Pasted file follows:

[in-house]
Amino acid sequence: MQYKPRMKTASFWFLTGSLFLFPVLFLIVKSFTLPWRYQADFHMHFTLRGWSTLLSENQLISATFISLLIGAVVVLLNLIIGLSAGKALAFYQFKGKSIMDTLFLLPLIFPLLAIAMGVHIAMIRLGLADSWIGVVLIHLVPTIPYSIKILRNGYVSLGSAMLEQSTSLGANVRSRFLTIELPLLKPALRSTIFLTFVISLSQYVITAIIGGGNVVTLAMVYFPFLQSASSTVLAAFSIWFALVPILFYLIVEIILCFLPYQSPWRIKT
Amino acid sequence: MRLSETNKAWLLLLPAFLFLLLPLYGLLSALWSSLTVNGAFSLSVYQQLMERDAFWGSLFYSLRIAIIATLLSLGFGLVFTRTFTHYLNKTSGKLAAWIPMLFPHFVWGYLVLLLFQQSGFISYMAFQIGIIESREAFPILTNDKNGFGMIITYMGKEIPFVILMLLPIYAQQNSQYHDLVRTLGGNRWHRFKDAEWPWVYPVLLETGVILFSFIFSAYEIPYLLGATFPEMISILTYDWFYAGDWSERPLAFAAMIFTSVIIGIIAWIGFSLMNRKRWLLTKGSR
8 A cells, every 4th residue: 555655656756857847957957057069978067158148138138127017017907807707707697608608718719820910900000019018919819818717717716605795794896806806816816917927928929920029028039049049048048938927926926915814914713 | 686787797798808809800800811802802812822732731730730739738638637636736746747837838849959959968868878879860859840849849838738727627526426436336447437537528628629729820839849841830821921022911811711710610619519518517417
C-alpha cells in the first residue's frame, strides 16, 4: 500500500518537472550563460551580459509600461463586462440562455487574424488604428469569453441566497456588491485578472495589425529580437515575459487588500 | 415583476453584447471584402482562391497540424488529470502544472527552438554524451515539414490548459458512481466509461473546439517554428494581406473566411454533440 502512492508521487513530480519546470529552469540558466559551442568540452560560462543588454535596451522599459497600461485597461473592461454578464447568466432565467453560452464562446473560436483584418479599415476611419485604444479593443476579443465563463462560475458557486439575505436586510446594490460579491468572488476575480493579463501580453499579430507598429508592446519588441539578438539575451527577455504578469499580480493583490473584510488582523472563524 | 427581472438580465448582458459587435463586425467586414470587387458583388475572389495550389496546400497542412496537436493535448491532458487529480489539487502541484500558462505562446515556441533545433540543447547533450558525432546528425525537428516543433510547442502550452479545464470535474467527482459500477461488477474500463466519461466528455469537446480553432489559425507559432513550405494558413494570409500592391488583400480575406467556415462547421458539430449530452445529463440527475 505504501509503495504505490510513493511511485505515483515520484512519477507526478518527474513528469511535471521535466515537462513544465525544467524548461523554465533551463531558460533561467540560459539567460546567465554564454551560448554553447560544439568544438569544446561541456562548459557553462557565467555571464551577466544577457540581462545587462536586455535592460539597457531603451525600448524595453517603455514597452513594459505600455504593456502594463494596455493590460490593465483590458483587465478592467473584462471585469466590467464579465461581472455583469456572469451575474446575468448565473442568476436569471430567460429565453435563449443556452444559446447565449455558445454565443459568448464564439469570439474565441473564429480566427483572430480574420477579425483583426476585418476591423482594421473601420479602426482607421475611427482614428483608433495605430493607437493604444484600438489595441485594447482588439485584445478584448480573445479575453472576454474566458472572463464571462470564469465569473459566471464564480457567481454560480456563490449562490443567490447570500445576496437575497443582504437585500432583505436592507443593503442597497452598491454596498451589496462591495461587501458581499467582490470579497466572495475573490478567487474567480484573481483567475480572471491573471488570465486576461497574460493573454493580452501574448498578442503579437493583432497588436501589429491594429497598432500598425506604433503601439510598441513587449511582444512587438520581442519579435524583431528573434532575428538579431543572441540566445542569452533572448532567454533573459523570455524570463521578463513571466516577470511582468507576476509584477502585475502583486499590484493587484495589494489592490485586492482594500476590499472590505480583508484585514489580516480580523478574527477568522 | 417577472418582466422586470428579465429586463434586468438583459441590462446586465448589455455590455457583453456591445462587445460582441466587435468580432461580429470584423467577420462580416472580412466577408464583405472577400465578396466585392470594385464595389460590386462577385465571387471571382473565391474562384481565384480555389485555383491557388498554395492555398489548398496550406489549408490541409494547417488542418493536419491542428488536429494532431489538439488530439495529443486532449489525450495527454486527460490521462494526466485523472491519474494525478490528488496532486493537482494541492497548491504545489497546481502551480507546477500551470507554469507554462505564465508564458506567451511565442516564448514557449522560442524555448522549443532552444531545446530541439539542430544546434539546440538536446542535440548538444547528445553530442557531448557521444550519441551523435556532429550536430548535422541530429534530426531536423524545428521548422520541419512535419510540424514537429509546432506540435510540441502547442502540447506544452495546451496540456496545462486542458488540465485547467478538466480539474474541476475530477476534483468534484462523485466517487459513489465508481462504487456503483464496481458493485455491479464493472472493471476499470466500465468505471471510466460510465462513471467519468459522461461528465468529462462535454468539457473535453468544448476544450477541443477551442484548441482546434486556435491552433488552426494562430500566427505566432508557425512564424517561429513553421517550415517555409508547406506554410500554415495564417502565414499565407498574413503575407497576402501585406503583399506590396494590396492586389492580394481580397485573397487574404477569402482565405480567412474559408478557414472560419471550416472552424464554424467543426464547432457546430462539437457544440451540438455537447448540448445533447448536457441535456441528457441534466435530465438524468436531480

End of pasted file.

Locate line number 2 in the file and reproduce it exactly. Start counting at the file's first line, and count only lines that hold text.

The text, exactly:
Amino acid sequence: MQYKPRMKTASFWFLTGSLFLFPVLFLIVKSFTLPWRYQADFHMHFTLRGWSTLLSENQLISATFISLLIGAVVVLLNLIIGLSAGKALAFYQFKGKSIMDTLFLLPLIFPLLAIAMGVHIAMIRLGLADSWIGVVLIHLVPTIPYSIKILRNGYVSLGSAMLEQSTSLGANVRSRFLTIELPLLKPALRSTIFLTFVISLSQYVITAIIGGGNVVTLAMVYFPFLQSASSTVLAAFSIWFALVPILFYLIVEIILCFLPYQSPWRIKT